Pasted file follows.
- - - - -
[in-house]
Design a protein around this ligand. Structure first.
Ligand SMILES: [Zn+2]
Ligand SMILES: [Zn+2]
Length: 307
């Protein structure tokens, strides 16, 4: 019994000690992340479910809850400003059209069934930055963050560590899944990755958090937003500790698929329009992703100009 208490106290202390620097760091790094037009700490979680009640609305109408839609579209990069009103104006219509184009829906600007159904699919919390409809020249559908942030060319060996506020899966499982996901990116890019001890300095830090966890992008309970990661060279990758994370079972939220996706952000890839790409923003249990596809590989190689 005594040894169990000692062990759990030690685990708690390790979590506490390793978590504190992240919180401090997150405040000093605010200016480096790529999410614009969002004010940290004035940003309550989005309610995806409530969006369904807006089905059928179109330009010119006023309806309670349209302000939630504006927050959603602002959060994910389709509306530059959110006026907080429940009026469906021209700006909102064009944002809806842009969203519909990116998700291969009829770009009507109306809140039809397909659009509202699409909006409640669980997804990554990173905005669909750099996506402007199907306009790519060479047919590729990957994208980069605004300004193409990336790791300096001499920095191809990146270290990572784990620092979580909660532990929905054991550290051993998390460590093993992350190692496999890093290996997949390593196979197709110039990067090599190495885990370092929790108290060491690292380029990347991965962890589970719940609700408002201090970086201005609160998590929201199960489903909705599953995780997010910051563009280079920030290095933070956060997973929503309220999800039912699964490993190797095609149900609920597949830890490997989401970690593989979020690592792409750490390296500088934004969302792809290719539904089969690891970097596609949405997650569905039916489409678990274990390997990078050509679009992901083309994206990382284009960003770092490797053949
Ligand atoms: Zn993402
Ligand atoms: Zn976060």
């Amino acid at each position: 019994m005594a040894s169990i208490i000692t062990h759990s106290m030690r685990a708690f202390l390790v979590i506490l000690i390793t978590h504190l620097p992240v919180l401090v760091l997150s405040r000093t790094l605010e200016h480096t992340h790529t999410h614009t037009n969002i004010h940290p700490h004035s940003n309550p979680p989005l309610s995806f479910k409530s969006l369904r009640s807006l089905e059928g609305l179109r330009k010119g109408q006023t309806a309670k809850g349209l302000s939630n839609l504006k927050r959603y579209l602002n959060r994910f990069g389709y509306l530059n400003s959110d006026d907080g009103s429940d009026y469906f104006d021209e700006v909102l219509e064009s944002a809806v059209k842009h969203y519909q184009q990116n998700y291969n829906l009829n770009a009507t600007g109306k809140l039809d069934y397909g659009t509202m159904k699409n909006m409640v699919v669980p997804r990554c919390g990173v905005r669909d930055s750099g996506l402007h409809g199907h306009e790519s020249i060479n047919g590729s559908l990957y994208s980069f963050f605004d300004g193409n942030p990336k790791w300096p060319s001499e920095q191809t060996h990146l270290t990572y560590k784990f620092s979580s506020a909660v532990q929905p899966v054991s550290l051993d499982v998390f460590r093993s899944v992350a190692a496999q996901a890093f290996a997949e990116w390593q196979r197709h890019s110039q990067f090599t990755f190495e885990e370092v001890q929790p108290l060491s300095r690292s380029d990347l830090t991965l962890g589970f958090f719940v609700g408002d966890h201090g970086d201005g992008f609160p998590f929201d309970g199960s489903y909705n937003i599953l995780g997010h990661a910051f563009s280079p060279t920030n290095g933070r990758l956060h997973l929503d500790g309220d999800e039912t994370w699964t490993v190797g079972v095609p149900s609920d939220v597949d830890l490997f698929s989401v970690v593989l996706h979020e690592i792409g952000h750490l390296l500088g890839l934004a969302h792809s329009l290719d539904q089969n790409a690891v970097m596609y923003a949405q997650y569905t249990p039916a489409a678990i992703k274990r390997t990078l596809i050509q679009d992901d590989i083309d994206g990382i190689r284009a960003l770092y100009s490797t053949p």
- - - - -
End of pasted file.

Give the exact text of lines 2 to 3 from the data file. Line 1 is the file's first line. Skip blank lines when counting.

Design a protein around this ligand. Structure first.
Ligand SMILES: [Zn+2]